And here's where I arrive at the mind-blow: By this point, the house might be worth $400,000. The family/estate inherits the house, sells it for $400,000, pays off the $326,500 mortgage, and keeps the proceeds. Just to be clear: If there is equity, nobody steals it. It belongs to the owner, and/or their estate. Sure, it may not be much, definitely not as much as if she'd have gotten a forward mortgage, but what would any decent son or daughter want - more money for themselves upon their mother's death, or more money for her during her life?

Final mind-blow: If this story happened to take place in a declining real estate market - I mean, purely hypothetically speaking, because we've never seen anything like that - and the home's value fell from $300,000 to $200,000 while the mortgage grows to $326,500... Assuming the family/estate doesn't want the house, the bank takes title to the property, appraises it and sells it, FHA chunks in the negative equity ($126,500) to cover the difference, and the family/estate is off the hook. That's the beauty: Reverse mortgages are non-recourse loans. They are secured ONLY against the subject real estate, without the ability to pursue any other income or assets, and they're insured by FHA to account for the risk that the principal balance accrues faster than the home's value.

It's definitely not a product for everyone, but in certain situations a reverse mortgage could be a real quality-of-life-saver. Some of the less interesting but nevertheless pertinent facts are:
- Only senior citizens (age 62 or older) can obtain a reverse mortgage. Most people who get one are 70 or older.
- Required down payment amounts vary with age - the younger you are, you more you have to put down - but will not be lower than 15% or higher than 50%.
- Just like with forward FHA loans, there is an upfront mortgage insurance premium charged at the closing in addition to the monthly/annual mortgage insurance premium. For reverse mortgages, the upfront MIP is 2% of the loan amount and can be financed into the loan.
- There are currently no credit or income requirements, although some will go into effect this fall. They will be much looser requirements than what is expected in order to obtain a forward mortgage, so seniors on fixed incomes who might have difficulty qualifying for a forward mortgage can still obtain a reverse mortgage much more easily.
- There are other reverse mortgage programs available, outside of the fixed "Standard/Saver" program I've outlined here, which involve lines of credit, benefits from an increasing interest rate environment, etc.

In the end, the benefit is that your family member or loved one may be able to live the last years of their life more happily, or use a reverse mortgage to buy into a supportive, adult community that may not otherwise be affordable for them. And for an elderly person with no children (or only worthless, irresponsible children to whom they would never leave their estate), a reverse mortgage is a no-brainer.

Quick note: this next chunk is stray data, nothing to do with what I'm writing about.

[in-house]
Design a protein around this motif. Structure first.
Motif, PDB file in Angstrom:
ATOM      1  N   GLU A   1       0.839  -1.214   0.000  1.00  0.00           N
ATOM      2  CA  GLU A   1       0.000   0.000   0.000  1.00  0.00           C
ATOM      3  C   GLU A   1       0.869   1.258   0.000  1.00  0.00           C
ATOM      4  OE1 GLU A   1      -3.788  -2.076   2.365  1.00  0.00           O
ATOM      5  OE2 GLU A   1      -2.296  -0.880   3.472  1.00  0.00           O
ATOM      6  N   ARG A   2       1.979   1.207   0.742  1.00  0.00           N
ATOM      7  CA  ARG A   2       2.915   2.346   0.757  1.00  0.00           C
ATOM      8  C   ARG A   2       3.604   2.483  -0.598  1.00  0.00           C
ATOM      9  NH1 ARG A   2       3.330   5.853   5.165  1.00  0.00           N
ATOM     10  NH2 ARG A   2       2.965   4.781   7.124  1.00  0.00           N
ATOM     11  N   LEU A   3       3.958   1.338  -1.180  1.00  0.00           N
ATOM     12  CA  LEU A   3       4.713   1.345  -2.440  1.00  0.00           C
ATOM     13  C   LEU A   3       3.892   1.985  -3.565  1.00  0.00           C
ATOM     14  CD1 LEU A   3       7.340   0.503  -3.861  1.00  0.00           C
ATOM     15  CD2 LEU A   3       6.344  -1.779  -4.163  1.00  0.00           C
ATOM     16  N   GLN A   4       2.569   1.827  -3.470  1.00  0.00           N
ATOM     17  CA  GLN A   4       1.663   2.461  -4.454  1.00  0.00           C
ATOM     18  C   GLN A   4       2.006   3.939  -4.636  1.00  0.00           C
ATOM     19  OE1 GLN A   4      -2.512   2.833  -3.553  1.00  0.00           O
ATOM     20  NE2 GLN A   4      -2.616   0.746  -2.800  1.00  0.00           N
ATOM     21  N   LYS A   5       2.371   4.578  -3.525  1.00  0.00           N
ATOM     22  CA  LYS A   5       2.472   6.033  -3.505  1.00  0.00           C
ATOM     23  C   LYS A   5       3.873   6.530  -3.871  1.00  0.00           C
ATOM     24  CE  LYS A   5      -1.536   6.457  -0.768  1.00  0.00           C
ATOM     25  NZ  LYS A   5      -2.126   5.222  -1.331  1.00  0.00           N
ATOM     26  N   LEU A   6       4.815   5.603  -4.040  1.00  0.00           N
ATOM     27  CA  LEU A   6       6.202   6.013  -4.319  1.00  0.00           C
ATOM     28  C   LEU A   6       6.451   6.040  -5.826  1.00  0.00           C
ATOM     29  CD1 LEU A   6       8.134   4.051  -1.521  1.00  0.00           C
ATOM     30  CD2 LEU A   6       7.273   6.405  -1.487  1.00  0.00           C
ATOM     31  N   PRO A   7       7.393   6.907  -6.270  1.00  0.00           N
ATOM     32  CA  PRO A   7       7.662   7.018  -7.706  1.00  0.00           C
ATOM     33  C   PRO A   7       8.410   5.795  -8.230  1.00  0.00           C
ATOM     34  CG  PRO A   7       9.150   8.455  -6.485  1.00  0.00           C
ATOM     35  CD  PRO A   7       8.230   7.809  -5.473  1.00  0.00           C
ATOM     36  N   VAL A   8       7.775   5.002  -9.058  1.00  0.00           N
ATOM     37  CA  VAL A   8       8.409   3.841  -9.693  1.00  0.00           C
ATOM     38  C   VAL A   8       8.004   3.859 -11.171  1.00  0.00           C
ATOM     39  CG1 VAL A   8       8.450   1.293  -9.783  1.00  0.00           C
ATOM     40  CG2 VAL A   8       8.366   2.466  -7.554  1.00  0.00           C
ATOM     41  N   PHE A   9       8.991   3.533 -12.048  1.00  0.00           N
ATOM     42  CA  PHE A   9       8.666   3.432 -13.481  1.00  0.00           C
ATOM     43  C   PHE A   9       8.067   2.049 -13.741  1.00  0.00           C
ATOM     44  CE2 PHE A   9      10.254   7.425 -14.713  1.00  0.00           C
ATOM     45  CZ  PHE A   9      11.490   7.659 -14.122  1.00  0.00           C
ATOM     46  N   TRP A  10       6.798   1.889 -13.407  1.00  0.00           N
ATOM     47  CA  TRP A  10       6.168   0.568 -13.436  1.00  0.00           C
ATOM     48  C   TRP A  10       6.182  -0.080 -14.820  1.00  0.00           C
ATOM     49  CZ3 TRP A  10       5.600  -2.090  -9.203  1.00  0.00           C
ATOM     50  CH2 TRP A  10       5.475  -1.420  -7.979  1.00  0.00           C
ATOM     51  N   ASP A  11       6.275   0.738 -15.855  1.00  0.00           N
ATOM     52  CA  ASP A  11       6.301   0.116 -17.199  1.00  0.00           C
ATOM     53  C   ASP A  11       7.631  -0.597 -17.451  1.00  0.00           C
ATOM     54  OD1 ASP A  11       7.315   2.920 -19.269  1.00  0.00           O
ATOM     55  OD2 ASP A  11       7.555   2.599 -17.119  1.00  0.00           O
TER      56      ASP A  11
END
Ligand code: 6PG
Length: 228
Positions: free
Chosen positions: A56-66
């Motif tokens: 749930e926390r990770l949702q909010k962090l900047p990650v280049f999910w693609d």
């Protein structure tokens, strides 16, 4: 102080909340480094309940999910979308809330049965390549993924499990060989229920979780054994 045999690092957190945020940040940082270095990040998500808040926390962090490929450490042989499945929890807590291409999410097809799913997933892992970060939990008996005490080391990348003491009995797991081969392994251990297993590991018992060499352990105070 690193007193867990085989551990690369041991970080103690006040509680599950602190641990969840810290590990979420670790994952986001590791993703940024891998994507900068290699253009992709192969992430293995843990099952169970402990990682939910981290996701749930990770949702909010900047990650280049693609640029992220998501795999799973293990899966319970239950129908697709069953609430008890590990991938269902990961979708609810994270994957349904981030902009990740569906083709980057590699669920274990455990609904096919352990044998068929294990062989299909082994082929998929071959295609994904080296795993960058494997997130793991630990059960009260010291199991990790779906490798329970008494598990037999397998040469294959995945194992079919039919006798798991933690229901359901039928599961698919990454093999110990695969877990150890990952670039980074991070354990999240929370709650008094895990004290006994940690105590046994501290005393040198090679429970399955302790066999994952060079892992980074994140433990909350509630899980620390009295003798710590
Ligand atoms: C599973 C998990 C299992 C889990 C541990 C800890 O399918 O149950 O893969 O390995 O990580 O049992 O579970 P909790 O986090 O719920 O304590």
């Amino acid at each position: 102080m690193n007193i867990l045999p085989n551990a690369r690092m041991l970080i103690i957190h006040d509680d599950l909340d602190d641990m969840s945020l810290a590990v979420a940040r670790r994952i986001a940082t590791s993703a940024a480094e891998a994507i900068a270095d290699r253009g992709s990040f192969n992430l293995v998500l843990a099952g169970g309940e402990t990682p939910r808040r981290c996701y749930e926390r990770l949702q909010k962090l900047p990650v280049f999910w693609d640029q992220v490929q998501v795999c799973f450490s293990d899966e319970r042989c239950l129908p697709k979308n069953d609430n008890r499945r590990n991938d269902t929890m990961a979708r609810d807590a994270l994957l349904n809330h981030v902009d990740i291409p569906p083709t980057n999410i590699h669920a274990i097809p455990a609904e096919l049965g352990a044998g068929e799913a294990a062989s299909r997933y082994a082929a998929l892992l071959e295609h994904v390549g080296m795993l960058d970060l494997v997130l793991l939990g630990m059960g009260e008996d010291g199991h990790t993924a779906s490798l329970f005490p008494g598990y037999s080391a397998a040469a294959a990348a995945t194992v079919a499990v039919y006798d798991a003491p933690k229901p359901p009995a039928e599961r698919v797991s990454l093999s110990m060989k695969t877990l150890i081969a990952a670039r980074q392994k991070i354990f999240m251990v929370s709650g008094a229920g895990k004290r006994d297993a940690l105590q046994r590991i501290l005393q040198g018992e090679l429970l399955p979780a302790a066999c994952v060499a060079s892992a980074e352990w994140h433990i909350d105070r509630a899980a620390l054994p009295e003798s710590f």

Back to that question about reverse mortgages and idiots, though... Nope. They can be a great decision and in many instances are recommended by financial advisors and estate planners. If it sounds like a consideration for anyone in your family, let me know and I can put you in touch with someone who specializes in these.

Comments (5)

  1. Janet, I'm not 100% sure, my guess is you can only have one reverse mortgage at a time. I will give you a call to put you in touch with a lender and agent who can help you in Shreveport and Austin!

  2. Janet,

    Thanks for reading. The situation you described does sound feasible. Do you know a lender in your area who does reverse mortgages or would you like for me to connect you with one I know who does loans nationwide?

    1. Thanks Alex, that would be great! I live in Shreveport,La and will be moving to Austin, Tx. It seems most people like myself have never heard of purchasing a home with a reverse mortgage.  Is it possible to do this more than once eliminating the holding cost while rehabbing a house? I know that isn't the intention of RM but just thinking outside the box.

      Thank you for informing all of us.



  3. So glad you have given us this info on reversed mortgages. I have been considering doing this but have not had enough info. I own a home outright. I was considering selling it and buying closer to brother. The only problem is that I no longer have a substantial enough in come to procur a conventional loan. Are you saying I could take the $100,000 from the sale of my house and get a reverse mortgage on the next house? I would be interested in knowing more about this.